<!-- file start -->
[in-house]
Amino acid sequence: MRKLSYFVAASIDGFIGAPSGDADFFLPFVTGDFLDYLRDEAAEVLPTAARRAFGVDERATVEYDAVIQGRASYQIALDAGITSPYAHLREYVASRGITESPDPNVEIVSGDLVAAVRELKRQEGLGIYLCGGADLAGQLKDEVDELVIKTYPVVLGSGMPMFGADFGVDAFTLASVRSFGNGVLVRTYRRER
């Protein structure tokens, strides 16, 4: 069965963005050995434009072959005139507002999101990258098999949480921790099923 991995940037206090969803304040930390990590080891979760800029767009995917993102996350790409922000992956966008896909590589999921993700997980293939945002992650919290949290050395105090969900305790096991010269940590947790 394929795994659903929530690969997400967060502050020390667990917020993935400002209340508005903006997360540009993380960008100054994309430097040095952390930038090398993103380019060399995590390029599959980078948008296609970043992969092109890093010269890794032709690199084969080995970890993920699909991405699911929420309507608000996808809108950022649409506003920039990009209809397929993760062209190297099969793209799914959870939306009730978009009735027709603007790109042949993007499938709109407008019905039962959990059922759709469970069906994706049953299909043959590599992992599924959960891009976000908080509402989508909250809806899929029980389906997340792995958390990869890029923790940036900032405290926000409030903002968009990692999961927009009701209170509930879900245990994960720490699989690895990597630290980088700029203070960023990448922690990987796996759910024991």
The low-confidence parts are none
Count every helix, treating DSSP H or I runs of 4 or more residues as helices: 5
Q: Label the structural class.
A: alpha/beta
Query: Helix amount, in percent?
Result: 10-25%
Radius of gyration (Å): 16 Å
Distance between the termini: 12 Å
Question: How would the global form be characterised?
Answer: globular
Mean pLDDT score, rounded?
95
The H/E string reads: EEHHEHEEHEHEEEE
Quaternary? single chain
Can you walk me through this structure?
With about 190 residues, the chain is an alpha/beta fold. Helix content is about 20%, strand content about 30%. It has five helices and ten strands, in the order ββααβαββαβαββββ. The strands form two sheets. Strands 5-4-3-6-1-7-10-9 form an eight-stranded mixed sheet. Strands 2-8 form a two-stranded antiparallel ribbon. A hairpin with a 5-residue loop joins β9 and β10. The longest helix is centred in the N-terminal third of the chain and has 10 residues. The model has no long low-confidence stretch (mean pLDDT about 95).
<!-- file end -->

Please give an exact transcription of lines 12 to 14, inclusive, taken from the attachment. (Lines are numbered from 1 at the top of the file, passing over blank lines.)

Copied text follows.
Question: How would the global form be characterised?
Answer: globular
Mean pLDDT score, rounded?